Living in the era of data deluge, we have witnessed a web content explosion, largely due to the massive availability of User-Generated Content (UGC). In this work, we specifically consider the problem of geospatial information extraction and representation, where one can exploit diverse sources of information (such as image and audio data, text data, etc), going beyond traditional volunteered geographic information. Our ambition is to include available narrative information in an effort to better explain geospatial relationships: with spatial reasoning being a basic form of human cognition, narratives expressing such experiences typically contain qualitative spatial data, i.e., spatial objects and spatial relationships.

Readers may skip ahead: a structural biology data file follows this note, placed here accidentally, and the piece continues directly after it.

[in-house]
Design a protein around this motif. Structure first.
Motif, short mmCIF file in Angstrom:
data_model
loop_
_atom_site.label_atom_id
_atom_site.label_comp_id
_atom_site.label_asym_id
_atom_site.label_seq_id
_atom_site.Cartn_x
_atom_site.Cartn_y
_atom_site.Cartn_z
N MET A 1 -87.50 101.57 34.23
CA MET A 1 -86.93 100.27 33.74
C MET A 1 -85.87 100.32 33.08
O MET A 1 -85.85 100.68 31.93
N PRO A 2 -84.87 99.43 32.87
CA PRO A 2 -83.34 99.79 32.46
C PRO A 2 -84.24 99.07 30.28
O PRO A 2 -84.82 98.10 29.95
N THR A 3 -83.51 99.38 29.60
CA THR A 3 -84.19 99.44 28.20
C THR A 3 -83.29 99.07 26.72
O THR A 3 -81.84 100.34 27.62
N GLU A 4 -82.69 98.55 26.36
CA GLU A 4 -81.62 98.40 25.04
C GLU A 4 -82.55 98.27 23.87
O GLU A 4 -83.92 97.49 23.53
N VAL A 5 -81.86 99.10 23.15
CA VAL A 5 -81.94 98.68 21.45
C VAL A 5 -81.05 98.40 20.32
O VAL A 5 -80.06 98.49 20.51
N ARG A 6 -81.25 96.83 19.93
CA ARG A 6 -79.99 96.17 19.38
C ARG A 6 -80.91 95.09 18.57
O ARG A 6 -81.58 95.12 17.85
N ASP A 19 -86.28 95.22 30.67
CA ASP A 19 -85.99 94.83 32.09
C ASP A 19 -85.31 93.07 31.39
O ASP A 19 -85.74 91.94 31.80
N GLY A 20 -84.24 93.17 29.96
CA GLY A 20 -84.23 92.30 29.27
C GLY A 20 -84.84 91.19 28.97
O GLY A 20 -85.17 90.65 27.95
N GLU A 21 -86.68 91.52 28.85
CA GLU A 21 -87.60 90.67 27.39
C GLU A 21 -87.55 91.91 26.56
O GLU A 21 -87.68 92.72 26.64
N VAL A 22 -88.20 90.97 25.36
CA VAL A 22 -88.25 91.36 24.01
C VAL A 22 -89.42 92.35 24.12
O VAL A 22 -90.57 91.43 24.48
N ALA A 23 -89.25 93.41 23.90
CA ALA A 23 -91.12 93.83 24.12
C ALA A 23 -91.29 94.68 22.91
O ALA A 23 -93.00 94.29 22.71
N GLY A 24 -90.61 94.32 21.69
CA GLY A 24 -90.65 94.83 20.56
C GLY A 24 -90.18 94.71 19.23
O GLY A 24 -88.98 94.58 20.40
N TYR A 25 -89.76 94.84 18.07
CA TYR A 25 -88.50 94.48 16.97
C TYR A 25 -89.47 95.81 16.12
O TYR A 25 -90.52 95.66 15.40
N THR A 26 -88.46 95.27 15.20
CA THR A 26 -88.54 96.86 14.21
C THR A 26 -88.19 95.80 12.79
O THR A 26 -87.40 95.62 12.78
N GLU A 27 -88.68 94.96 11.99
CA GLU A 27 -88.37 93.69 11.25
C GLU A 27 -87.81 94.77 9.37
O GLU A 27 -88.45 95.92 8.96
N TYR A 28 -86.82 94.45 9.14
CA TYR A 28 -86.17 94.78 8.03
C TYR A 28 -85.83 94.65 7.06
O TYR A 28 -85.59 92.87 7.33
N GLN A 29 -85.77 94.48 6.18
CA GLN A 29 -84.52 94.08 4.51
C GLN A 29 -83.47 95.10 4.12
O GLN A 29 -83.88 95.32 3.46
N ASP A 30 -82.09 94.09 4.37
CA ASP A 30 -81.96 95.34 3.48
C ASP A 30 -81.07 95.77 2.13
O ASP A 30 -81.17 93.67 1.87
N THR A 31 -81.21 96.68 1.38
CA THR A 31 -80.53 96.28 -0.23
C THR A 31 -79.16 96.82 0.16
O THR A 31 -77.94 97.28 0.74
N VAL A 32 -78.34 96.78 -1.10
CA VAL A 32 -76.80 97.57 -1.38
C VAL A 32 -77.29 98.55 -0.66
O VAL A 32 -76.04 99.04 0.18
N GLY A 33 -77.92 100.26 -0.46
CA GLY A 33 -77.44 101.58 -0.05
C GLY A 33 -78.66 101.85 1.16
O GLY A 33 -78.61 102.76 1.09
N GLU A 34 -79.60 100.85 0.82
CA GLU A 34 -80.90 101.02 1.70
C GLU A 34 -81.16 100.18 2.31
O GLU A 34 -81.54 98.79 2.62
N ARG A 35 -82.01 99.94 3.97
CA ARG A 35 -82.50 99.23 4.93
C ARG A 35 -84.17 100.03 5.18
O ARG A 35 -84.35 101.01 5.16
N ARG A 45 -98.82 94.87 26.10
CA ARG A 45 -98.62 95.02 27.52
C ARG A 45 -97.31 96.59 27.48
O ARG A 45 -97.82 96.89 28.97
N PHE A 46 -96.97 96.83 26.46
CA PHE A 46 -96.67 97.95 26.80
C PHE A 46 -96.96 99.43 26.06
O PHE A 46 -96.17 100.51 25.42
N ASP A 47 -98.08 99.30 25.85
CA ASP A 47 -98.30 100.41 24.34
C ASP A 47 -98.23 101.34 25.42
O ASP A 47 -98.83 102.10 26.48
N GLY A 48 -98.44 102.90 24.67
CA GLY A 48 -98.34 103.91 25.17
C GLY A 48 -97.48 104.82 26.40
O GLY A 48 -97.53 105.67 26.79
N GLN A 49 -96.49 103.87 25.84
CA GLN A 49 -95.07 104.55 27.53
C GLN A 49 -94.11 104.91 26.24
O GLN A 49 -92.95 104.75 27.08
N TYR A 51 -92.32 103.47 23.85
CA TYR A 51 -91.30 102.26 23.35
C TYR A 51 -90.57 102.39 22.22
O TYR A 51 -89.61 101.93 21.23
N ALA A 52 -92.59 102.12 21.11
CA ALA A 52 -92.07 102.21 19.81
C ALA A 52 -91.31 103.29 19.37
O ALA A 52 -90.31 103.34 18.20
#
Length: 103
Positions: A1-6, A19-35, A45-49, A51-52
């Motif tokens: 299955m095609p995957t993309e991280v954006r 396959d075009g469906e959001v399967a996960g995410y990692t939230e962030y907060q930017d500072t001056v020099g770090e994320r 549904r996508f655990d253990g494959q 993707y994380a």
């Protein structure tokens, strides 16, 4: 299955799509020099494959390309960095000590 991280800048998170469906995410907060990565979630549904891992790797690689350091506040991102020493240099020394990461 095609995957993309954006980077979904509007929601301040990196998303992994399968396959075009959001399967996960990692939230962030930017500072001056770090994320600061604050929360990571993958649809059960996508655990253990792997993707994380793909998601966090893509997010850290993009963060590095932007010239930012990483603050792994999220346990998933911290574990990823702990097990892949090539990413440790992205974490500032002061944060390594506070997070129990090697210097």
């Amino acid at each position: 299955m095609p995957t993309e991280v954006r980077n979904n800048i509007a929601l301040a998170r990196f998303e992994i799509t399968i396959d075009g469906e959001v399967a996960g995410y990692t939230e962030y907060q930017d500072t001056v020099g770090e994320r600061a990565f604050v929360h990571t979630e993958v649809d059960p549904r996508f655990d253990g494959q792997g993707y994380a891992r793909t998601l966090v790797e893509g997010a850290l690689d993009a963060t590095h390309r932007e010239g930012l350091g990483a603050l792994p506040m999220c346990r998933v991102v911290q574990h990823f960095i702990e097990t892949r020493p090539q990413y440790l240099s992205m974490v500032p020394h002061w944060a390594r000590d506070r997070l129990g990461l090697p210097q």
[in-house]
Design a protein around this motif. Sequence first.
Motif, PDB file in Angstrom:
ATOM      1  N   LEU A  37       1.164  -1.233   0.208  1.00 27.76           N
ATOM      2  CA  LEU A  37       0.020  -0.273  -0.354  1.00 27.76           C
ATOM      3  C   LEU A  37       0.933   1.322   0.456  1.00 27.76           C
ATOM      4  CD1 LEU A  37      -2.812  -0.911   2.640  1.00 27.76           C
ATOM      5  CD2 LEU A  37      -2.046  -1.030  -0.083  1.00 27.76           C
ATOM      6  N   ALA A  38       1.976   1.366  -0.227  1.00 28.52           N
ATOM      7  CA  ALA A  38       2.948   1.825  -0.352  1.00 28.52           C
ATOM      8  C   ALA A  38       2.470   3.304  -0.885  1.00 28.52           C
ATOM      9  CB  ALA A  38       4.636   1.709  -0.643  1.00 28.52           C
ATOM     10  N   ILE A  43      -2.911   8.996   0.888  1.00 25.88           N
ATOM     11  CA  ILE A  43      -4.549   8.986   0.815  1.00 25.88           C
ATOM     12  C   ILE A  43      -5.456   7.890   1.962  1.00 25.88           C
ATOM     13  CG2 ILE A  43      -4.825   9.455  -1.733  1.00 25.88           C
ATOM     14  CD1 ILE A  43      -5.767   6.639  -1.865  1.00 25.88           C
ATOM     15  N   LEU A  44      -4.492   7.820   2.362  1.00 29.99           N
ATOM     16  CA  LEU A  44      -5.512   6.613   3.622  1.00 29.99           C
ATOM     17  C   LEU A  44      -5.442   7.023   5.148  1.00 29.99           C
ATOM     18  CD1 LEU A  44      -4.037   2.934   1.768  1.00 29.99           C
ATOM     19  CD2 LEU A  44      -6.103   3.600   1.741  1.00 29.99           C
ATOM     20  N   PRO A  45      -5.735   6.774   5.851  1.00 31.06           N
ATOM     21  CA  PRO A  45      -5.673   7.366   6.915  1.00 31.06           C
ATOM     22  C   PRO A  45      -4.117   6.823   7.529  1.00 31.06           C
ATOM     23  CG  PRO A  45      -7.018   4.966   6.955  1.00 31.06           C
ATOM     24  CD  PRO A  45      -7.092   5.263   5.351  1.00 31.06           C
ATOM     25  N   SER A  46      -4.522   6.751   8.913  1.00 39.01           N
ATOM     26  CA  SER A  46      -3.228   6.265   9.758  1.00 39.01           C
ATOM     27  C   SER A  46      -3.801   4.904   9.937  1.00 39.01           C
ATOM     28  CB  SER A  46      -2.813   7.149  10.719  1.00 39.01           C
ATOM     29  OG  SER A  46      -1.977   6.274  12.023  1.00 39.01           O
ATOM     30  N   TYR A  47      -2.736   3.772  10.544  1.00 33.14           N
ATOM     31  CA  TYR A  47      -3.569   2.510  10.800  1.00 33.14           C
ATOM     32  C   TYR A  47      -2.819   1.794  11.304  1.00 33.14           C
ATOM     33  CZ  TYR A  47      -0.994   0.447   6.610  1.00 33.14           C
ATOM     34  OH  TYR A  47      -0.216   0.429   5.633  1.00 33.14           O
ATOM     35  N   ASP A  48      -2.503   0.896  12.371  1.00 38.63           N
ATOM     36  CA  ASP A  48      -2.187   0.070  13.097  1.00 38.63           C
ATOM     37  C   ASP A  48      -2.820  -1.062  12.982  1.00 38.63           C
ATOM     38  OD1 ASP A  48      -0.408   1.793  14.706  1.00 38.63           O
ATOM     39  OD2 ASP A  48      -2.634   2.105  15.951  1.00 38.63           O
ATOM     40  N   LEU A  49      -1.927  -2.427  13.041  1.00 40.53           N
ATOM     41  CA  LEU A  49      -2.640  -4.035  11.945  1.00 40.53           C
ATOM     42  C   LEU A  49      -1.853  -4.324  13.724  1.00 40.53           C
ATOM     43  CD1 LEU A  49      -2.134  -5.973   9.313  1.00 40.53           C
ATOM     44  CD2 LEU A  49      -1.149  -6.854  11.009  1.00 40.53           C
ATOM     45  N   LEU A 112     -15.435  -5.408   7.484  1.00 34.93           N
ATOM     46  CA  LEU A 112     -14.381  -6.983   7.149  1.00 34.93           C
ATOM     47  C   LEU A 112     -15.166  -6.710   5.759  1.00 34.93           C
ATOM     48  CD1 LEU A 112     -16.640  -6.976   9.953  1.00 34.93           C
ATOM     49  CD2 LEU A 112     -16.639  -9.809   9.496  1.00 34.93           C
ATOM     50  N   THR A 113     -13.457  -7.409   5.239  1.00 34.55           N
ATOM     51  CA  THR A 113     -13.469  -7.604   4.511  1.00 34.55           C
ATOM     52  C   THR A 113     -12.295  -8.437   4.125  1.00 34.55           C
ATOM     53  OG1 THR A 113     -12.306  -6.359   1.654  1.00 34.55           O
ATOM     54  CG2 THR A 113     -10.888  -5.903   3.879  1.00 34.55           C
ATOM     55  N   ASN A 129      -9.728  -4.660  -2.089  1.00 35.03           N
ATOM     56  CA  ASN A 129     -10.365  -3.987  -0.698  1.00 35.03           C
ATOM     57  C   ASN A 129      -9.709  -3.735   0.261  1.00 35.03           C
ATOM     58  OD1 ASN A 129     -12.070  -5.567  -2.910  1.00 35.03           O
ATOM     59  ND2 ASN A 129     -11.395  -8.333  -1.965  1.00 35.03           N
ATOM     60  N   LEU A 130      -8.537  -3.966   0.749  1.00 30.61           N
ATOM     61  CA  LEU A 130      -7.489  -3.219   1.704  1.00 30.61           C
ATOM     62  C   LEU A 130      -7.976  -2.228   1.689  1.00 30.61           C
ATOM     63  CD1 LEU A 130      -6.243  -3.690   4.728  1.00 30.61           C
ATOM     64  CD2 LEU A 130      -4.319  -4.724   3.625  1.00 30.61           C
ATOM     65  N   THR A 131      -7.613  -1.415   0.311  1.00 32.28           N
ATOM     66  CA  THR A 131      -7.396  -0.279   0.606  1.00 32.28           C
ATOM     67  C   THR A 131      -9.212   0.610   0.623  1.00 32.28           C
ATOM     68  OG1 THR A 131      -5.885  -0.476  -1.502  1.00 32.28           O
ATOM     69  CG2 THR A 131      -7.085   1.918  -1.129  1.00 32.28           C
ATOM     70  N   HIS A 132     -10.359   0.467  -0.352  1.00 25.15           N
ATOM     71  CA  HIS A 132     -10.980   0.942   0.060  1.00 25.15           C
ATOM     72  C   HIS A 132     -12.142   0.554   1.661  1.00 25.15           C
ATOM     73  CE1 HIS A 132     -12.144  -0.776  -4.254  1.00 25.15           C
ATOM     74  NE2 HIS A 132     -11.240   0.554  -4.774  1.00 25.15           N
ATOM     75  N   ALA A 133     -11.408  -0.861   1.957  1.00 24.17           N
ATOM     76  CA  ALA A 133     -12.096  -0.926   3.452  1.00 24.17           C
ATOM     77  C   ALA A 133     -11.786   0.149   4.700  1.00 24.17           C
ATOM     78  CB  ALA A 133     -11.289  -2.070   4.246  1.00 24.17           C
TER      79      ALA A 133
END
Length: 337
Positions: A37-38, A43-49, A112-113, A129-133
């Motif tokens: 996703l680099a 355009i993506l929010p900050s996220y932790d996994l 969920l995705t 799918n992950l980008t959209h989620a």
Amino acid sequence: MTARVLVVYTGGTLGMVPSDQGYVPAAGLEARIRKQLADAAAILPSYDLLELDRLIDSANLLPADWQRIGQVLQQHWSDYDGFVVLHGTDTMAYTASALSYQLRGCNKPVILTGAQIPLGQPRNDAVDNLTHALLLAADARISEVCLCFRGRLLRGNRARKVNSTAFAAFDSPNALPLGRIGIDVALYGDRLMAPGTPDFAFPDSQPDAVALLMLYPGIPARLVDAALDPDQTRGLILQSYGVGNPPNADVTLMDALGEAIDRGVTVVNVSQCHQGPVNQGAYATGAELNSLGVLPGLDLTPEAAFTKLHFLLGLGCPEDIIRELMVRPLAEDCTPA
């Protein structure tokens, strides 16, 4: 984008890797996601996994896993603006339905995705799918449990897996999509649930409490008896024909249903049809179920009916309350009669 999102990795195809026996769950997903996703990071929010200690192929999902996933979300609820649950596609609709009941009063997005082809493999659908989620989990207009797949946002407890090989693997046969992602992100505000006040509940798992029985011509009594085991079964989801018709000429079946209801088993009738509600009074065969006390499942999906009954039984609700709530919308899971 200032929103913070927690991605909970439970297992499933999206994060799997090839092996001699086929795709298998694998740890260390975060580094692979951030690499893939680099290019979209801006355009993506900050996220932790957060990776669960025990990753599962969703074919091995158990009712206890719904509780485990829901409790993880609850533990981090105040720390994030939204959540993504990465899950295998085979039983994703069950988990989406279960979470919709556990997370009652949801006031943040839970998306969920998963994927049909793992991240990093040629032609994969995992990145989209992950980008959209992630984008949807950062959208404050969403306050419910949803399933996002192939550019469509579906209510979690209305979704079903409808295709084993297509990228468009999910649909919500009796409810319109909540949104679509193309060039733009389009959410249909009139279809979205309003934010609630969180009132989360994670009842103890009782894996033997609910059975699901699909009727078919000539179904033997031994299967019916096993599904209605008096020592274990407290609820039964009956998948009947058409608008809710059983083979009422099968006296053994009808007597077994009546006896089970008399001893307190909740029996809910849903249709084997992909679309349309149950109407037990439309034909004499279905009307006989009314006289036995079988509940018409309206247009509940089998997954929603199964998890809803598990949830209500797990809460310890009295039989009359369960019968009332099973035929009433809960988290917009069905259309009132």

To this end, we formulate a quantitative approach for the representation of qualitative spatial relations extracted from UGC in the form of texts. The proposed method quantifies such relations based on multiple text observations. Such observations provide distance and orientation features which are utilized by a greedy Expectation Maximization-based (EM) algorithm to infer a probability distribution over predefined spatial relationships; the latter represent the quantified relationships under user-defined probabilistic assumptions. We evaluate the applicability and quality of the proposed approach using real UGC data originating from an actual travel blog text corpus. To verify the quality of the result, we generate grid-based "maps" visualizing the spatial extent of the various relations.